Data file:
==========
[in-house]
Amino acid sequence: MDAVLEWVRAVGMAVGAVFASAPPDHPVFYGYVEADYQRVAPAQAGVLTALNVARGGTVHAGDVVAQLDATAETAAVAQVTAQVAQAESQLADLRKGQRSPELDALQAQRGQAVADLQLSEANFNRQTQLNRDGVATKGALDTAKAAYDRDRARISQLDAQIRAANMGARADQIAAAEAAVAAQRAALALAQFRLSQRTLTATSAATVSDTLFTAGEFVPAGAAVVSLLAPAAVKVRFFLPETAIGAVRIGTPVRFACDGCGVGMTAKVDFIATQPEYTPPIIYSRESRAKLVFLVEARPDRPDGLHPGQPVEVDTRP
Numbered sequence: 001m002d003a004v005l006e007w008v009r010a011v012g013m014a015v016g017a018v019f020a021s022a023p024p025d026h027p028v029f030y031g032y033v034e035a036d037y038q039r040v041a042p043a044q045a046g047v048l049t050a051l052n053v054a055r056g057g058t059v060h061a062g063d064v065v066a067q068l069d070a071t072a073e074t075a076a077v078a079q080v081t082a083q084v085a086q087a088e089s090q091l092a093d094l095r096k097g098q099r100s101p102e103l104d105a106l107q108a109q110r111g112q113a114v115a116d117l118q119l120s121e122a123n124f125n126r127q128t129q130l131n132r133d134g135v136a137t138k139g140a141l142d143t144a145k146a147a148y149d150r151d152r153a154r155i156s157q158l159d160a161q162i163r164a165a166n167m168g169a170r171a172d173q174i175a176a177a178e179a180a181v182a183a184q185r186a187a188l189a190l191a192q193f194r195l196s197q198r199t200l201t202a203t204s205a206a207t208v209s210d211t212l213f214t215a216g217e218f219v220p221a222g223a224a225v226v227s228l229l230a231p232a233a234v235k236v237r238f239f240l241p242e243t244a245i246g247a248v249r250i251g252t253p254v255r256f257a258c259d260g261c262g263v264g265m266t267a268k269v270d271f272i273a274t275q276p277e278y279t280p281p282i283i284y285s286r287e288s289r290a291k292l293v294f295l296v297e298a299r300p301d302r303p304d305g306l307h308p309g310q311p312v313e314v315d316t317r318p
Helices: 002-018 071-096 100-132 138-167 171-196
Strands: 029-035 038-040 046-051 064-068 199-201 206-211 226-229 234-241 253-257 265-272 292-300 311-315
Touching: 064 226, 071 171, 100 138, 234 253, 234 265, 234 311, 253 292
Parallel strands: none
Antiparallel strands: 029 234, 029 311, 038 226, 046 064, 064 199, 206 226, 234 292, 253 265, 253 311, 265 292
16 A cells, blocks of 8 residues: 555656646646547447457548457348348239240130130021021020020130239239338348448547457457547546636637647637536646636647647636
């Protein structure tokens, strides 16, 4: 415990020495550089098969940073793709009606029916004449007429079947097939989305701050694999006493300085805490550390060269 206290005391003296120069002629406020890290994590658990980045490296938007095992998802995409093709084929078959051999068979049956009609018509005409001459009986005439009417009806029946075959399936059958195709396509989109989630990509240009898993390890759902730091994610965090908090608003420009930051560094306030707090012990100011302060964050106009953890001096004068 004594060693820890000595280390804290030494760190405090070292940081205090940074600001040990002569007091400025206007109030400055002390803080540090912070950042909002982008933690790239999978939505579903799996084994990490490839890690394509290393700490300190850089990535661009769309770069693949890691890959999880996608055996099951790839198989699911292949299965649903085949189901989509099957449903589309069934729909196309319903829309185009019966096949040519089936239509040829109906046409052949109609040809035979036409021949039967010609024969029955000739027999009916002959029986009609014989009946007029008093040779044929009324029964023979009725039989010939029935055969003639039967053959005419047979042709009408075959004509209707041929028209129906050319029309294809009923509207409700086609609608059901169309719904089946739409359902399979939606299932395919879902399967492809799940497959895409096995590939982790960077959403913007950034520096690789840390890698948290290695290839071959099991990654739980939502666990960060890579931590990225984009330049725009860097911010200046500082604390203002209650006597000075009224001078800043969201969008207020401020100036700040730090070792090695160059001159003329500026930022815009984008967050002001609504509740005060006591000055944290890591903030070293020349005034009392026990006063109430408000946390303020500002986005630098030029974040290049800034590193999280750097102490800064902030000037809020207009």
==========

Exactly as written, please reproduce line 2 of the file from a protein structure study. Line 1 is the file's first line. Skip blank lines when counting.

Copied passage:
Amino acid sequence: MDAVLEWVRAVGMAVGAVFASAPPDHPVFYGYVEADYQRVAPAQAGVLTALNVARGGTVHAGDVVAQLDATAETAAVAQVTAQVAQAESQLADLRKGQRSPELDALQAQRGQAVADLQLSEANFNRQTQLNRDGVATKGALDTAKAAYDRDRARISQLDAQIRAANMGARADQIAAAEAAVAAQRAALALAQFRLSQRTLTATSAATVSDTLFTAGEFVPAGAAVVSLLAPAAVKVRFFLPETAIGAVRIGTPVRFACDGCGVGMTAKVDFIATQPEYTPPIIYSRESRAKLVFLVEARPDRPDGLHPGQPVEVDTRP